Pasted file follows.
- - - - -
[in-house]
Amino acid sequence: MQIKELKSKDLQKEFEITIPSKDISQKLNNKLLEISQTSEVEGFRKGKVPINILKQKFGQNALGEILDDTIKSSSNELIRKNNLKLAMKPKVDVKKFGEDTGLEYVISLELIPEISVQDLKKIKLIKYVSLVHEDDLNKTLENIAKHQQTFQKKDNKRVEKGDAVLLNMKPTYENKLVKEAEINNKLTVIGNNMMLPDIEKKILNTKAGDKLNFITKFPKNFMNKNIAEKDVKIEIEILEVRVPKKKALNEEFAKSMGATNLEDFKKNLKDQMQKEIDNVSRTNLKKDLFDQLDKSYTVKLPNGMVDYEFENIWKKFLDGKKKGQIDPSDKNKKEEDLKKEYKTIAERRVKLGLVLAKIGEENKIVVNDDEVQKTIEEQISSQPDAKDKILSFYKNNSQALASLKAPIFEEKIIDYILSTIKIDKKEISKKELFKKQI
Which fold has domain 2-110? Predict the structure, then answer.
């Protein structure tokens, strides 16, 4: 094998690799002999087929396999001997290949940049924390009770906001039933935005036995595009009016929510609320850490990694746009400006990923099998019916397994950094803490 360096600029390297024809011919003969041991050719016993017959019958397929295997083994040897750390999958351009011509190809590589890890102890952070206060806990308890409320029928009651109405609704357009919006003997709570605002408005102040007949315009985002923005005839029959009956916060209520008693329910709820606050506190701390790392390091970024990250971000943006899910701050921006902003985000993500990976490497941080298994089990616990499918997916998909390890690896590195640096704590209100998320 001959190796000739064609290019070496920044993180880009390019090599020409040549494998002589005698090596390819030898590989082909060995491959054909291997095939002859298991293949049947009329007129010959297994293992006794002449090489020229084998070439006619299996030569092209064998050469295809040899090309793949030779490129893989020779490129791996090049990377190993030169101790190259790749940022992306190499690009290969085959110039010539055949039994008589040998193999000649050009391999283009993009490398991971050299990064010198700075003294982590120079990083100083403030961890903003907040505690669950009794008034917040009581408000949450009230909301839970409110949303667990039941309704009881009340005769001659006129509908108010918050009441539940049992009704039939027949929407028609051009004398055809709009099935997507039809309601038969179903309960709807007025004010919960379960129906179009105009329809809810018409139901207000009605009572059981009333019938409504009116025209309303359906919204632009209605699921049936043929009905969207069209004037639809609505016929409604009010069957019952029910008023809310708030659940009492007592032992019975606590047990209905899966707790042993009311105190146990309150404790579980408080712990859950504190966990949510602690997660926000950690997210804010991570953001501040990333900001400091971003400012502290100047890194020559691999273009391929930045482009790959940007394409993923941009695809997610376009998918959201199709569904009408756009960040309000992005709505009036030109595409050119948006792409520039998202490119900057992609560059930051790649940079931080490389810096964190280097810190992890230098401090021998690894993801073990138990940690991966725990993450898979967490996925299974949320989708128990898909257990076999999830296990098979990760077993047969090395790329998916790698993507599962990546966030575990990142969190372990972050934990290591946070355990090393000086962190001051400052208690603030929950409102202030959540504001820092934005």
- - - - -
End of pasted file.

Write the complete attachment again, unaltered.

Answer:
[in-house]
Amino acid sequence: MQIKELKSKDLQKEFEITIPSKDISQKLNNKLLEISQTSEVEGFRKGKVPINILKQKFGQNALGEILDDTIKSSSNELIRKNNLKLAMKPKVDVKKFGEDTGLEYVISLELIPEISVQDLKKIKLIKYVSLVHEDDLNKTLENIAKHQQTFQKKDNKRVEKGDAVLLNMKPTYENKLVKEAEINNKLTVIGNNMMLPDIEKKILNTKAGDKLNFITKFPKNFMNKNIAEKDVKIEIEILEVRVPKKKALNEEFAKSMGATNLEDFKKNLKDQMQKEIDNVSRTNLKKDLFDQLDKSYTVKLPNGMVDYEFENIWKKFLDGKKKGQIDPSDKNKKEEDLKKEYKTIAERRVKLGLVLAKIGEENKIVVNDDEVQKTIEEQISSQPDAKDKILSFYKNNSQALASLKAPIFEEKIIDYILSTIKIDKKEISKKELFKKQI
Which fold has domain 2-110? Predict the structure, then answer.
């Protein structure tokens, strides 16, 4: 094998690799002999087929396999001997290949940049924390009770906001039933935005036995595009009016929510609320850490990694746009400006990923099998019916397994950094803490 360096600029390297024809011919003969041991050719016993017959019958397929295997083994040897750390999958351009011509190809590589890890102890952070206060806990308890409320029928009651109405609704357009919006003997709570605002408005102040007949315009985002923005005839029959009956916060209520008693329910709820606050506190701390790392390091970024990250971000943006899910701050921006902003985000993500990976490497941080298994089990616990499918997916998909390890690896590195640096704590209100998320 001959190796000739064609290019070496920044993180880009390019090599020409040549494998002589005698090596390819030898590989082909060995491959054909291997095939002859298991293949049947009329007129010959297994293992006794002449090489020229084998070439006619299996030569092209064998050469295809040899090309793949030779490129893989020779490129791996090049990377190993030169101790190259790749940022992306190499690009290969085959110039010539055949039994008589040998193999000649050009391999283009993009490398991971050299990064010198700075003294982590120079990083100083403030961890903003907040505690669950009794008034917040009581408000949450009230909301839970409110949303667990039941309704009881009340005769001659006129509908108010918050009441539940049992009704039939027949929407028609051009004398055809709009099935997507039809309601038969179903309960709807007025004010919960379960129906179009105009329809809810018409139901207000009605009572059981009333019938409504009116025209309303359906919204632009209605699921049936043929009905969207069209004037639809609505016929409604009010069957019952029910008023809310708030659940009492007592032992019975606590047990209905899966707790042993009311105190146990309150404790579980408080712990859950504190966990949510602690997660926000950690997210804010991570953001501040990333900001400091971003400012502290100047890194020559691999273009391929930045482009790959940007394409993923941009695809997610376009998918959201199709569904009408756009960040309000992005709505009036030109595409050119948006792409520039998202490119900057992609560059930051790649940079931080490389810096964190280097810190992890230098401090021998690894993801073990138990940690991966725990993450898979967490996925299974949320989708128990898909257990076999999830296990098979990760077993047969090395790329998916790698993507599962990546966030575990990142969190372990972050934990290591946070355990090393000086962190001051400052208690603030929950409102202030959540504001820092934005």